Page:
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Diffusion, Reinforcement, Geopolitics, and the Spread of War

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  • Most, Benjamin A.
  • Starr, Harvey

Abstract

The discussion reports the results of an examination of the possible diffusion of new war participations during the 1946–65 era. A theoretical argument is developed to yield more precise expectations about when, where, why, and how diffusion processs might operate. Four diffusion-related processes (positive spatial diffusion, positive reinforcement, negative spatial diffusion, and negative reinforcement) are discussed and analyzed. A series of simple turnover tables and a focus on nations' borders are used to go beyond the authors' previous stochastic modeling efforts. The results provide strong evidence that is consistent with both the authors' theoretical argument and the general war diffusion hypothesis. The analyses seem to indicate that certain types of wars may indeed have tended to diffuse across space from one nation to another between 1946 and 1965.

Suggested Citation

  • Most, Benjamin A. & Starr, Harvey, 1980. "Diffusion, Reinforcement, Geopolitics, and the Spread of War," American Political Science Review, Cambridge University Press, vol. 74(4), pages 932-946, December.
  • Handle: RePEc:cup:apsrev:v:74:y:1980:i:04:p:932-946_16
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    Cited by:

    1. Silve, Arthur & Verdier, Thierry, 2018. "A theory of regional conflict complexes," Journal of Development Economics, Elsevier, vol. 133(C), pages 434-447.
    2. William Reed & Daina Chiba, 2010. "Decomposing the Relationship Between Contiguity and Militarized Conflict," American Journal of Political Science, John Wiley & Sons, vol. 54(1), pages 61-73, January.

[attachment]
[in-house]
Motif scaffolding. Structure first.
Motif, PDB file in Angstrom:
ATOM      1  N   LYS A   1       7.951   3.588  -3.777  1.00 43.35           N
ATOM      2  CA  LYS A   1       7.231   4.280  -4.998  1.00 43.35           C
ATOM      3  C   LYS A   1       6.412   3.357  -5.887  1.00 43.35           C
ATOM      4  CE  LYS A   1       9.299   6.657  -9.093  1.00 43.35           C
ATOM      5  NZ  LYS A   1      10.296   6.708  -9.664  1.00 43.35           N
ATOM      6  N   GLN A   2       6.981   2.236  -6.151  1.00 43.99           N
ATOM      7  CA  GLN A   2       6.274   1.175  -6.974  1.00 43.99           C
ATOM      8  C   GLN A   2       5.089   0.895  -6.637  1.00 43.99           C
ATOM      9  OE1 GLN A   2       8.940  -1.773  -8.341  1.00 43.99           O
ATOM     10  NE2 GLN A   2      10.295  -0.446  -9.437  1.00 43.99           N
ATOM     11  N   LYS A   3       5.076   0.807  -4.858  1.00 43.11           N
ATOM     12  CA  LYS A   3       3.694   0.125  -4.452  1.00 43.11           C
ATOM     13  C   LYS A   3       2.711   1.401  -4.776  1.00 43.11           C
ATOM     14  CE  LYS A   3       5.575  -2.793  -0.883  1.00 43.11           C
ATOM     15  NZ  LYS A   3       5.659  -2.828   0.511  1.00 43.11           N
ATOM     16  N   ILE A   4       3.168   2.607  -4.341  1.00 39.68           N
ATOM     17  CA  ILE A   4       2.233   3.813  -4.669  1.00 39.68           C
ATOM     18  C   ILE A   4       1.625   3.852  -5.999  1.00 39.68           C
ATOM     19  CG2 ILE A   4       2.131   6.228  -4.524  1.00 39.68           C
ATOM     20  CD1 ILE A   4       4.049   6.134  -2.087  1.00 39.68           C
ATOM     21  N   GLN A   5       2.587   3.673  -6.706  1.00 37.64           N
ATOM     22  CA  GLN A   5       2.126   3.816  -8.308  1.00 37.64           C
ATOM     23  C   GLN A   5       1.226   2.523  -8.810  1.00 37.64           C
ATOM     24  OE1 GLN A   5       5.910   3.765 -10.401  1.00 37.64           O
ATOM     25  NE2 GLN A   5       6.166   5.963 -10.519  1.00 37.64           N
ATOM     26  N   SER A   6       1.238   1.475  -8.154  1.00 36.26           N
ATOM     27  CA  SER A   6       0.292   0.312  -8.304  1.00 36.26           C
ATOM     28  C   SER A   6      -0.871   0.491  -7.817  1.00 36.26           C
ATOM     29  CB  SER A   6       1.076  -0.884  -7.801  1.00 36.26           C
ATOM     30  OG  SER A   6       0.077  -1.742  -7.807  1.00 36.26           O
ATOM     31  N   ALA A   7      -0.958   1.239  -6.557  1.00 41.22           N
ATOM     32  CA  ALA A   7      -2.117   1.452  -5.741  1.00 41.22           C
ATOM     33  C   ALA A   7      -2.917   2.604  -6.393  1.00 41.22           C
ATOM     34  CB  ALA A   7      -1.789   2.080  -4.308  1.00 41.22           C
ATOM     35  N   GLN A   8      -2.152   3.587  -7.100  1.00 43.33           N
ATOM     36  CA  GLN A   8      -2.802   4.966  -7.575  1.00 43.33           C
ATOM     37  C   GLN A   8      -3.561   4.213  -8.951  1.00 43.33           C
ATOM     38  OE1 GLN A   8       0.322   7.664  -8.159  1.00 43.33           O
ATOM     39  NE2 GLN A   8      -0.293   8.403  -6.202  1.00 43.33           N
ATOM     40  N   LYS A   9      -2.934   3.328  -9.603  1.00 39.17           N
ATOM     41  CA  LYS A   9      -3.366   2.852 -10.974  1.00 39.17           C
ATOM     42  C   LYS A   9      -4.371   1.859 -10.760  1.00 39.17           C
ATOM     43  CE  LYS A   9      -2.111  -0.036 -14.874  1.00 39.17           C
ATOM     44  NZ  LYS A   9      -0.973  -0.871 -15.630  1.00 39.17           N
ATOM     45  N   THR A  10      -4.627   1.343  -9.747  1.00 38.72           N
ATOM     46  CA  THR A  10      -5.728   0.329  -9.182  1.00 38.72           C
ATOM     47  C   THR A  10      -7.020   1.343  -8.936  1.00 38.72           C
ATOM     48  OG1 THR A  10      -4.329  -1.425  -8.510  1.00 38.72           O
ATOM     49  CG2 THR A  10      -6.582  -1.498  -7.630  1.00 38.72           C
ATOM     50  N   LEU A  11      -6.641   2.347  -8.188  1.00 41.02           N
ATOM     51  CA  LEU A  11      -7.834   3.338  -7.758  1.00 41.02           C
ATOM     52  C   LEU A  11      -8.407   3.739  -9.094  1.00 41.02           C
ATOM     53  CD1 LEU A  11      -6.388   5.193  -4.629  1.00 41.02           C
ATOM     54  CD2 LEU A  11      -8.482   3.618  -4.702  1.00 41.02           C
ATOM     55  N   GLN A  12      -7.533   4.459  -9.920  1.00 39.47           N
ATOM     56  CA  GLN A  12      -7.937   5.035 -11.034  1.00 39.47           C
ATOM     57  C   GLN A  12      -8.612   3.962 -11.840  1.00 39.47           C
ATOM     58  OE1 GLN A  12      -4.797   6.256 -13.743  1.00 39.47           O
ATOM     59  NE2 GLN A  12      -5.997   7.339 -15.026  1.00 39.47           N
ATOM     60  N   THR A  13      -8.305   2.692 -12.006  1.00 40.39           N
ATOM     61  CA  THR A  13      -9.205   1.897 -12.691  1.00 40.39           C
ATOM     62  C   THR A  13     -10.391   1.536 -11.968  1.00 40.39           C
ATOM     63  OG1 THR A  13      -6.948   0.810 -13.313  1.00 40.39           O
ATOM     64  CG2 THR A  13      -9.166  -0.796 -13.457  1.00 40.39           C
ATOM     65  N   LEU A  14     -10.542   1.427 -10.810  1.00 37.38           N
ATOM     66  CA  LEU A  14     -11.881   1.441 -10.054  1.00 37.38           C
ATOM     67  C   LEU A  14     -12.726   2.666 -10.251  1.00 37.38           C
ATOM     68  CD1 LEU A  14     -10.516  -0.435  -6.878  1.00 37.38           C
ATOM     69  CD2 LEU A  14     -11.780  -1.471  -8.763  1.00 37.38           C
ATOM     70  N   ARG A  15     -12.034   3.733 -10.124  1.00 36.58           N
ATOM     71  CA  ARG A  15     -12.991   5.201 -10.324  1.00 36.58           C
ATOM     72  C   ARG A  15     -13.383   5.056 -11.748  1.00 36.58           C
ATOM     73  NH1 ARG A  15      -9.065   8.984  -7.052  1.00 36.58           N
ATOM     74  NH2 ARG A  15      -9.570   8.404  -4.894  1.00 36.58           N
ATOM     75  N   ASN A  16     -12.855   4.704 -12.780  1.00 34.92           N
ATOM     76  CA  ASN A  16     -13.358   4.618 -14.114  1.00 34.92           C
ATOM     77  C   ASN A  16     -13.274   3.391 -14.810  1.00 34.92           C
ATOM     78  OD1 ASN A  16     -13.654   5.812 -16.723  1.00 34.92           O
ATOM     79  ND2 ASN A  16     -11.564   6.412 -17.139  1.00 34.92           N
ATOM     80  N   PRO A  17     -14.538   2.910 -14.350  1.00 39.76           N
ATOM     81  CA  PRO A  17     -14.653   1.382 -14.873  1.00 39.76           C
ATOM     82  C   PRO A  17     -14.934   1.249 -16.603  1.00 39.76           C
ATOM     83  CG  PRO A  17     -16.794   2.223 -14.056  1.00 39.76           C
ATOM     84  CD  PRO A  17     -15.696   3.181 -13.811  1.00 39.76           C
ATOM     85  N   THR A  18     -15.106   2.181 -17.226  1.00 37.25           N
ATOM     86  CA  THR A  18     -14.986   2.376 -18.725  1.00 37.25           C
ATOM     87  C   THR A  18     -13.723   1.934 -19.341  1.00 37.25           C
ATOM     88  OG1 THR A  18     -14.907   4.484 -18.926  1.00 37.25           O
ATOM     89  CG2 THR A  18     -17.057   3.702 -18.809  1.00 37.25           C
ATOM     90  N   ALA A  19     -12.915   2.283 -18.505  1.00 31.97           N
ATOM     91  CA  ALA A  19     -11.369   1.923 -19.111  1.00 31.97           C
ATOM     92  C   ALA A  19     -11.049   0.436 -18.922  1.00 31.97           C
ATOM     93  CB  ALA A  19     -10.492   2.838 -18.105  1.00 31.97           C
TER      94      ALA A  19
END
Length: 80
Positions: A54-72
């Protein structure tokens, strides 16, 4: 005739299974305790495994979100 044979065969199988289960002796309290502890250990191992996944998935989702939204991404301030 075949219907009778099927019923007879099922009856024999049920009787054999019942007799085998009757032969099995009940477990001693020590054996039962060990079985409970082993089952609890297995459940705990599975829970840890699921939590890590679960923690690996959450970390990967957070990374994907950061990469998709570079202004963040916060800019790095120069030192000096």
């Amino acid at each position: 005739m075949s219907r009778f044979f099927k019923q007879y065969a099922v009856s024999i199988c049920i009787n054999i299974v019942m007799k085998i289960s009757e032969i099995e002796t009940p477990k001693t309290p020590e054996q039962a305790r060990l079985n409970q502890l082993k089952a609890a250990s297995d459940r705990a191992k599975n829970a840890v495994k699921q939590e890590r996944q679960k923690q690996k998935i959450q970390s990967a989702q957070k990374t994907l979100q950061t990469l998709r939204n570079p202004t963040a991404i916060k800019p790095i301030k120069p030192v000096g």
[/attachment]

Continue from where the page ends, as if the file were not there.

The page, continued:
3. Eyal Lewin, 2016. "The Importance of National Ethos in Military Victories," Social Sciences, MDPI, Open Access Journal, vol. 5(3), pages 1-16, August.
    4. Renato Corbetta, 2015. "Between indifference and coercion: Third-party intervention techniques in ongoing disputes," Conflict Management and Peace Science, Peace Science Society (International), vol. 32(1), pages 3-27, February.
    5. Timothy M. Peterson & James M. Scott, 2018. "The Democracy Aid Calculus: Regimes, Political Opponents, and the Allocation of US Democracy Assistance, 1981–2009," International Interactions, Taylor & Francis Journals, vol. 44(2), pages 268-293, March.
    6. Maureen Boyce & Mark Byrne & Erin Dorpinghaus & D. S. Malik & John N. Mordeson, 2016. "Diffusion in Networks: The Strategic Spread of Islamism," New Mathematics and Natural Computation (NMNC), World Scientific Publishing Co. Pte. Ltd., vol. 12(02), pages 113-133, July.
    7. Tobias Böhmelt, 2015. "The spatial contagion of international mediation," Conflict Management and Peace Science, Peace Science Society (International), vol. 32(1), pages 108-127, February.
    8. Ghimire, Ramesh & Ferreira, Susana & Dorfman, Jeffrey H., 2015. "Flood-Induced Displacement and Civil Conflict," World Development, Elsevier, vol. 66(C), pages 614-628.
    9. Piotr Lis & Michael Spagat & Uih Ran Lee, 2021. "Civilian targeting in African conflicts: A poor actor’s game that spreads through space," Journal of Peace Research, Peace Research Institute Oslo, vol. 58(5), pages 900-914, September.
    10. Jeffrey Pickering & Emizet F. Kisangani, 2010. "Diversionary Despots? Comparing Autocracies' Propensities to Use and to Benefit from Military Force," American Journal of Political Science, John Wiley & Sons, vol. 54(2), pages 477-493, April.
    11. Rotolo, Thomas & Lengefeld, Michael, 2020. "Clearing the cobwebs: An analysis of the timing of youth concussion legislation in U.S. states," Social Science & Medicine, Elsevier, vol. 265(C).
    12. Fredrik Doeser & Joakim Eidenfalk, 2013. "The importance of windows of opportunity for foreign policy change," International Area Studies Review, Center for International Area Studies, Hankuk University of Foreign Studies, vol. 16(4), pages 390-406, December.
    13. Melin, Molly M., 2016. "Business, peace, and world politics: The role of third parties in conflict resolution," Business Horizons, Elsevier, vol. 59(5), pages 493-501.

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